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Problem Solving with Algorithms and Data Structures using Java: The Interactive Edition

Section 1.13 Exception Handling

There are three types of errors that typically occur when writing programs. The first, known as a syntax error, simply means that the programmer has made a mistake in the structure of a statement or expression. For example, putting these arithmetic operators together:
jshell> int n = 2 + * 3;
|  Error:
|  illegal start of expression
|  int n = 2 + * 3;
|              ^
In this case, the Java compiler has found that it cannot complete the processing of this statement since it does not conform to the rules of the language. Syntax errors are usually more frequent when you are first learning a language.
Another type of error, known as a run time error, happens when the syntax is correct, but the program cannot execute correctly:
jshell> int n = 12 / 0;
|  Exception java.lang.ArithmeticException: / by zero
|        at (#1:1)
The last type of error, known as a logic error or semantic error, denotes a situation where the program executes but gives the wrong result. This can be due to an error in the underlying algorithm or an error in your translation of that algorithm. For example, the following code for computing the area of a rectangle uses correct Java syntax, and the arithmetic will not cause a run-time error, but the logic is wrong; area is length times width, not length plus width:
int length = 25;
int width = 15;
int area = length + width;
In some cases, logic errors can lead to errors such as trying to divide by zero or trying to access an item in an array where the index of the item is outside the bounds of the array. In this case, the logic error leads to a runtime error that causes the program to terminate. These types of runtime errors are typically called exceptions.
Most of the time, beginning programmers think of exceptions as fatal runtime errors that cause the end of execution. However, most programming languages provide a way to deal with these errors that will allow the programmer to have some type of intervention if they so choose. In addition, programmers can create their own exceptions if they detect a situation in the program execution that warrants it.
When an exception occurs, we say that it has been thrown or raised. You can handle the exception that has been raised by using a try statement. For example, consider the following program that asks the user for an integer and then tries to access an array element at that index.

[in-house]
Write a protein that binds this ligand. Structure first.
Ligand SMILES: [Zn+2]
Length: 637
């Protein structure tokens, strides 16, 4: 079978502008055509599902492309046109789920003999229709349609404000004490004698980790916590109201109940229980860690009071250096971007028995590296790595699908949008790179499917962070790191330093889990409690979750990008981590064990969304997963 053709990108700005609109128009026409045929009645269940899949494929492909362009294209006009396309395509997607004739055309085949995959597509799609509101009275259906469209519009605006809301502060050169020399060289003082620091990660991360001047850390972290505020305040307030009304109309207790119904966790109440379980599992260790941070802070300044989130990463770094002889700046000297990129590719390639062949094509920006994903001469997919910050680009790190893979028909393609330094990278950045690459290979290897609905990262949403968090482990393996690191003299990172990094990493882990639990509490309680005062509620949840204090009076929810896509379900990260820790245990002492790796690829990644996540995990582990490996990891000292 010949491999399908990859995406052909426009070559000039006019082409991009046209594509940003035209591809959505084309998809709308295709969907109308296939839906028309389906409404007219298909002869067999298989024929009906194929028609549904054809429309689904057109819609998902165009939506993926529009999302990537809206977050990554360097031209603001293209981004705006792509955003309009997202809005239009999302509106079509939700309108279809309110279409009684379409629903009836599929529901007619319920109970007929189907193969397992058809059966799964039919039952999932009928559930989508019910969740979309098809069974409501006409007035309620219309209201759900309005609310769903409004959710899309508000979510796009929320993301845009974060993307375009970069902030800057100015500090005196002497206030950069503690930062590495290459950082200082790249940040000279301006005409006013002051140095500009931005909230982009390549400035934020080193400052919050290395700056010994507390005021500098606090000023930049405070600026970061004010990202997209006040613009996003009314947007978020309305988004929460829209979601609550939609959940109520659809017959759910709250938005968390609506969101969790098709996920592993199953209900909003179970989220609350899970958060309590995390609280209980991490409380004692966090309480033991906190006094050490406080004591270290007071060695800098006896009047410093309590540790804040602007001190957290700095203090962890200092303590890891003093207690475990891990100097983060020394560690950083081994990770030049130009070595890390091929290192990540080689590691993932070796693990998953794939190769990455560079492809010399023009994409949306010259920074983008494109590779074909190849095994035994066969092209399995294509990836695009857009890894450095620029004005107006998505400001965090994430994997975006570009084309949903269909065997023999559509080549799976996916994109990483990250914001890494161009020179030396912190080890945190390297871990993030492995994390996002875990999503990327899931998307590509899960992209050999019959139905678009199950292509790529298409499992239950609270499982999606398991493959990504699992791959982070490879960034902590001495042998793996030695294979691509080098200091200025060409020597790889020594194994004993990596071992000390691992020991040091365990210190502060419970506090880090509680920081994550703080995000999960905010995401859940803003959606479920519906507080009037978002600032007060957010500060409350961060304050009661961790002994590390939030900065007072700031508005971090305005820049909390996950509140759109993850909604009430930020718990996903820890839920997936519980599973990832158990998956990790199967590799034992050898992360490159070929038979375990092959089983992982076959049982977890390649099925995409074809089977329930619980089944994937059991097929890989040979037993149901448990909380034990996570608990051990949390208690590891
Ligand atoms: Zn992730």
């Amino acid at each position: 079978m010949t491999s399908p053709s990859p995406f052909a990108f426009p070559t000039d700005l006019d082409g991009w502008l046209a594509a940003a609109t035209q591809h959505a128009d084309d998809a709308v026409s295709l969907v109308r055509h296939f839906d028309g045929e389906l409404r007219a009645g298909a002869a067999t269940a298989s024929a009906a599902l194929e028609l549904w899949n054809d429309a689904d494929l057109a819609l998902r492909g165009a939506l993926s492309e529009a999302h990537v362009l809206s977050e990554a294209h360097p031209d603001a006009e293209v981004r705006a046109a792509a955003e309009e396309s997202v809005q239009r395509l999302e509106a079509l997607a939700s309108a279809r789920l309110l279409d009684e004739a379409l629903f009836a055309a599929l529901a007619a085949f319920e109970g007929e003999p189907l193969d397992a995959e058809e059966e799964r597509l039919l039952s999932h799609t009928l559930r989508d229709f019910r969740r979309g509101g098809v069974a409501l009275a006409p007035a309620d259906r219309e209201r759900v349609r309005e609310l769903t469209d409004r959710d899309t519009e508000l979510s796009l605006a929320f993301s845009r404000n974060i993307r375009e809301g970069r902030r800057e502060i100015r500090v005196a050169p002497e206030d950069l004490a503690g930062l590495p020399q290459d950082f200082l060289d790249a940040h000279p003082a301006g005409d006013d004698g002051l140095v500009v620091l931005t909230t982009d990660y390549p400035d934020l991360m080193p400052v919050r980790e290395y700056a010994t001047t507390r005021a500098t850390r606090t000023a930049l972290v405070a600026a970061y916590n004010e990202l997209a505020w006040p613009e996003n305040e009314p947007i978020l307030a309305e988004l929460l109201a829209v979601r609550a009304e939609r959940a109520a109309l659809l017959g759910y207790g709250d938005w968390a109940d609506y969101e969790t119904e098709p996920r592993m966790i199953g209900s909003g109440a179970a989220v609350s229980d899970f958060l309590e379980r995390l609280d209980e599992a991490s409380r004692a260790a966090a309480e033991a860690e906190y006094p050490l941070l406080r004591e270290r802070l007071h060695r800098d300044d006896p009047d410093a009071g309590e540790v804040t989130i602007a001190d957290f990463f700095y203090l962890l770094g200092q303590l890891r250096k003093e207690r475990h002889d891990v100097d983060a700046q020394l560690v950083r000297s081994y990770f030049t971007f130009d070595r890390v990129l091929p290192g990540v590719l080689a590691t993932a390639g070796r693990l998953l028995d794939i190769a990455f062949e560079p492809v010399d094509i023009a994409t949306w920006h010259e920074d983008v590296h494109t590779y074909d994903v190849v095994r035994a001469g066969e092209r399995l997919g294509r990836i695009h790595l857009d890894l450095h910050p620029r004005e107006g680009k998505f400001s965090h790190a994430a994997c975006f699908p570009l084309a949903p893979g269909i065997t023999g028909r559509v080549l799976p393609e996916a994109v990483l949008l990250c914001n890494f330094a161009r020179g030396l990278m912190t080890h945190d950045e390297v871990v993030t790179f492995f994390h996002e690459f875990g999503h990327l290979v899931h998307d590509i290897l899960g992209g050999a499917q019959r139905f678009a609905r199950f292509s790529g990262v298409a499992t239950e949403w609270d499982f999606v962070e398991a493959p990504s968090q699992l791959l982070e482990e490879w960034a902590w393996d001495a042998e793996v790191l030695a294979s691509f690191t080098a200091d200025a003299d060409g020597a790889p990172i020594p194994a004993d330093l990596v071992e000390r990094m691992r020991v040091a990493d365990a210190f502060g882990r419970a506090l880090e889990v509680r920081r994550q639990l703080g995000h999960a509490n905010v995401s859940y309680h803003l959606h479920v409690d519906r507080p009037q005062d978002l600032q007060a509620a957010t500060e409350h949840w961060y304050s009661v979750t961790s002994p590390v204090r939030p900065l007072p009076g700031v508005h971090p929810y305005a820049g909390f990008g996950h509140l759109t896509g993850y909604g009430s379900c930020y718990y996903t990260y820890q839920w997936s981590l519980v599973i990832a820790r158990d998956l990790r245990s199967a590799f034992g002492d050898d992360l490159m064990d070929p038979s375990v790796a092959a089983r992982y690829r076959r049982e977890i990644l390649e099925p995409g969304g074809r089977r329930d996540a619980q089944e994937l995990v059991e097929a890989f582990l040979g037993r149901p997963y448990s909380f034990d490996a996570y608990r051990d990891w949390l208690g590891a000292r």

import java.util.Scanner;

class ArrayAccess {

    public static void main(String[] args) {
        int[] data = {10, 66, 47, 11, 505, 217};

        Scanner input = new Scanner(;

        System.out.print("Enter an index: ");
        int index = input.nextInt();

        int value = data[index];
        System.out.format("The element is %d.%n", value);
If the user enters a value that is less than the array length, the System.out.println() will display the value. However, if they enter a negative number or a number greater than or equal to the array length, the program will report an ArrayIndexOutOfBounds exception.
Enter an index: 7
Exception in thread "main" java.lang.ArrayIndexOutOfBoundsException:
  Index 7 out of bounds for length 6
        at ArrayAccess.main(
We can handle this exception by calling the System.out.format method from within a try block. A corresponding catch block “catches” the exception and prints a message back to the user in the event that an exception occurs. Here is the modified section of the code:
try {
    int value = data[index];
    System.out.format("The element is %d.%n", value);
catch (Exception ex) {
    System.out.format("Index must be from 0 to %d.%n",
Now, if the user enters a number out of range, the program will catch the exception raised by the array access and will instead print a useful error message. This means that the program will not terminate but instead will continue on to the next statements.
The ex variable is an Exception object, and Java provides methods to allow programmers to extract information about the exception, such as an error message, the “stack trace” (the sequence of calls that happened when the exception occurred), and other information.
Enter an index: 7
Index must be from 0 to 6.
It is also possible for a programmer to cause a runtime exception by using the throw statement. For example, let’s say a method cannot calculate a valid return value if given a negative number. Instead of printing an error message—it will throw an IllegalArgumentException and let the code that callled the method handle it with a catch:
public static double doCalculation(double n) {
    if (n > 0) {
        // a complicated calculation goes here
        return ...;
    } else {
        throw new IllegalArgumentException(n + " cannot be negative.");
The string in the throw statement will be the message associated with the exception.
There are many kinds of exceptions that can be raised in addition to the ArrayIndexOutOfBoundsException shown above. See the Java API
for a list of some of the exception types.
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